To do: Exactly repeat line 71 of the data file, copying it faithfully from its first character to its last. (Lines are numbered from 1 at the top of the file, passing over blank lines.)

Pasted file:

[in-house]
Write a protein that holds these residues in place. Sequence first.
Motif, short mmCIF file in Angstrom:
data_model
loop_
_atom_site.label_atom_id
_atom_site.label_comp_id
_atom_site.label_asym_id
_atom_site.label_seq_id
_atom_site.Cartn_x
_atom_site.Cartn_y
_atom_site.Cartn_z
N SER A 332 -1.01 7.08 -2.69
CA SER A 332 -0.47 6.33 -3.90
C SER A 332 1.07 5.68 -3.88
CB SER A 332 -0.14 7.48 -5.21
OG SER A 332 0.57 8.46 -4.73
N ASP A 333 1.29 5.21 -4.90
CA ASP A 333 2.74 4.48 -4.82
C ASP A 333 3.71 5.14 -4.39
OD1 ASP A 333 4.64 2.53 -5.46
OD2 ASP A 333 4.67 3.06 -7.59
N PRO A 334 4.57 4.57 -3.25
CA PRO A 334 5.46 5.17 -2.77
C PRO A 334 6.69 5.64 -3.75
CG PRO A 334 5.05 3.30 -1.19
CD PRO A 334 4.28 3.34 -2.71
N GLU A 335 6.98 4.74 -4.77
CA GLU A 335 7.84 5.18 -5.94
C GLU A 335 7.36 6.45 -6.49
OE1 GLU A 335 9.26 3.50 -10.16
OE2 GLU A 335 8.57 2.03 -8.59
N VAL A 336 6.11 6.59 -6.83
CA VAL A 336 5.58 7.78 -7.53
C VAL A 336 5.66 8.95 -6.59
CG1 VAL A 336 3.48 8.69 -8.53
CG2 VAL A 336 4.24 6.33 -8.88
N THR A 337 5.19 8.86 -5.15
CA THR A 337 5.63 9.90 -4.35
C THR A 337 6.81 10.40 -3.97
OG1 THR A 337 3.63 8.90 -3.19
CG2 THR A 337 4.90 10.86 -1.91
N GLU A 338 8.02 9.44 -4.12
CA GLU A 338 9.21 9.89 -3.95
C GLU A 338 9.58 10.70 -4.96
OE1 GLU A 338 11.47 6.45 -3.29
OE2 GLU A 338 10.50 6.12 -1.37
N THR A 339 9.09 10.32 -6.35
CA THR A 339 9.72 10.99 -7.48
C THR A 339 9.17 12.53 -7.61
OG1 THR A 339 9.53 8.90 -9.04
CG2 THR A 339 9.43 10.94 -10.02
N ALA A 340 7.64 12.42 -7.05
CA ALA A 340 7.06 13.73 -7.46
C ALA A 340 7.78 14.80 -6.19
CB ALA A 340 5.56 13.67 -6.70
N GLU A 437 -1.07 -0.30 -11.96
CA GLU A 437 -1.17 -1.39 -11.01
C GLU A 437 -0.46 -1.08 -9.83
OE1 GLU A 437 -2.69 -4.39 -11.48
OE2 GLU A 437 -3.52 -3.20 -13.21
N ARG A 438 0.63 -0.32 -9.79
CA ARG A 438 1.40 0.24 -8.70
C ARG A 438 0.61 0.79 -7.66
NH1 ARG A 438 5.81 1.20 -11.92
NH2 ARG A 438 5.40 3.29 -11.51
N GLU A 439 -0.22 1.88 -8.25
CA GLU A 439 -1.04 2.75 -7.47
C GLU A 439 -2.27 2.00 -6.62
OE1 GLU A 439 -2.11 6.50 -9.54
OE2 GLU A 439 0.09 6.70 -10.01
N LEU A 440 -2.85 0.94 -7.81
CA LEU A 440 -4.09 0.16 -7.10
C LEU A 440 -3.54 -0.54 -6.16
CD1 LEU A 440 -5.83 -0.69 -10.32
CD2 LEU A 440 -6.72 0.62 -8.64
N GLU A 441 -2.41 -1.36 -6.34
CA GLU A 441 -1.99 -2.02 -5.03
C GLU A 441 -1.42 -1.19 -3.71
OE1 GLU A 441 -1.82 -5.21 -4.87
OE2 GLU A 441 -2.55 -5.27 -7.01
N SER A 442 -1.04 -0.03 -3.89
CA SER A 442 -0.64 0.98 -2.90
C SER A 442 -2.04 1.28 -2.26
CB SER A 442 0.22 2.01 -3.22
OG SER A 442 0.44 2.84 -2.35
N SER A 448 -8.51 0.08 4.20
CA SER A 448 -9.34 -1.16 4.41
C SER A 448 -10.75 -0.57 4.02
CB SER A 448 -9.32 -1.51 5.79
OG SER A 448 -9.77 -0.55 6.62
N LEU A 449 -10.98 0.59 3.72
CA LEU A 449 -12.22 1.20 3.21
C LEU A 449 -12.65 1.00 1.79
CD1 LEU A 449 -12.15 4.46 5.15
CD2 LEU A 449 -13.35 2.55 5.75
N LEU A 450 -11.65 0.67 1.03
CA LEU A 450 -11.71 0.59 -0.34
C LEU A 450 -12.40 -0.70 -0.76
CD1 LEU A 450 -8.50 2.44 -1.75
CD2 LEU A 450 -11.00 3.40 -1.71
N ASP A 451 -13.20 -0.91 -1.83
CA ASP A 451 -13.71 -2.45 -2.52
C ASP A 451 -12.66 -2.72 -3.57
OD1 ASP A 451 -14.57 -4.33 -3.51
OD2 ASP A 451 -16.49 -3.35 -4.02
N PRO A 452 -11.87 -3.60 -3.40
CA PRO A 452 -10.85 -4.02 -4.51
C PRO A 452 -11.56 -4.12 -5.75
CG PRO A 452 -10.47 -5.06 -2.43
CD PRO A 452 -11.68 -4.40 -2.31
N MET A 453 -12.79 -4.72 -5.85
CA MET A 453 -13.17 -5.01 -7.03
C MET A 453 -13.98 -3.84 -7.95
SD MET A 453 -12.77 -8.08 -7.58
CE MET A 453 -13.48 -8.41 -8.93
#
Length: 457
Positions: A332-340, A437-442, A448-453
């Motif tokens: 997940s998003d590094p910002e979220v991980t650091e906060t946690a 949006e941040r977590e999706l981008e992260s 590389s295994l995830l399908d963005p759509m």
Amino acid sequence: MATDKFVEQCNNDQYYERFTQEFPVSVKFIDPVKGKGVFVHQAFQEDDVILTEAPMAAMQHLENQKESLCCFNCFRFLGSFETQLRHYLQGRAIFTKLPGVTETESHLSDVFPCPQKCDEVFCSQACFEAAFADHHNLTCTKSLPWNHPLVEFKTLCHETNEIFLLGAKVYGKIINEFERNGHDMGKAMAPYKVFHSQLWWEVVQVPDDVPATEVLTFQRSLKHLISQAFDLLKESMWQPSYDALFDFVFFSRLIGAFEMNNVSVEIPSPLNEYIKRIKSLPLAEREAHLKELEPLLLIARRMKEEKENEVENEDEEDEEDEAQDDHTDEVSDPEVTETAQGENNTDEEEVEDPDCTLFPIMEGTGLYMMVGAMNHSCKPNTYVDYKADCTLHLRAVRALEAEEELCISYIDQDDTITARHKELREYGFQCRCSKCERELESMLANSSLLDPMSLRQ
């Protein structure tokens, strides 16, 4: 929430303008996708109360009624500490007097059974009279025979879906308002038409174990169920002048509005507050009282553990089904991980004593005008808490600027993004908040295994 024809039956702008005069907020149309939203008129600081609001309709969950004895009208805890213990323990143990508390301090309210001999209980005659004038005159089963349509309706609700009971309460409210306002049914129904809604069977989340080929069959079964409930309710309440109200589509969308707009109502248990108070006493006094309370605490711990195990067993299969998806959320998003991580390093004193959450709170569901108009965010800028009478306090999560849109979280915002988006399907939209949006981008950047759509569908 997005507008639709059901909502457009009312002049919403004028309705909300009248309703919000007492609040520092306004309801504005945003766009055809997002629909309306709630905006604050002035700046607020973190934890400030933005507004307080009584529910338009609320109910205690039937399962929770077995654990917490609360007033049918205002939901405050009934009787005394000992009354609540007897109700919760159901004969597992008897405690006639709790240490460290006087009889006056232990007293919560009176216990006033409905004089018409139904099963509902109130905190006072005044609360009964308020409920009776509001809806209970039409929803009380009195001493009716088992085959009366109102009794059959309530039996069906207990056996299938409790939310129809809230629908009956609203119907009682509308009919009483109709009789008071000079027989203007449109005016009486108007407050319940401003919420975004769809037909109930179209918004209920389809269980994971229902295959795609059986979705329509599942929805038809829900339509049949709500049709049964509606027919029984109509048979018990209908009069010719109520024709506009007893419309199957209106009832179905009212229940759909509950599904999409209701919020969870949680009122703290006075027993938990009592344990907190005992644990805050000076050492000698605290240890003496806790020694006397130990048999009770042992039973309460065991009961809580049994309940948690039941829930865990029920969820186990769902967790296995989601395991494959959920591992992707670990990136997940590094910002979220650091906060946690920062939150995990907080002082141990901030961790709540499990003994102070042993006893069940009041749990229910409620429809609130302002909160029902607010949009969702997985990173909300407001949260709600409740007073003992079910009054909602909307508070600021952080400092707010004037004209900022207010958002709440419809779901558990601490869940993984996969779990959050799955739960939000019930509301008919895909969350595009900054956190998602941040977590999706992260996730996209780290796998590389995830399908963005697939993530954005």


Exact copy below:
OE2 GLU A 439 0.09 6.70 -10.01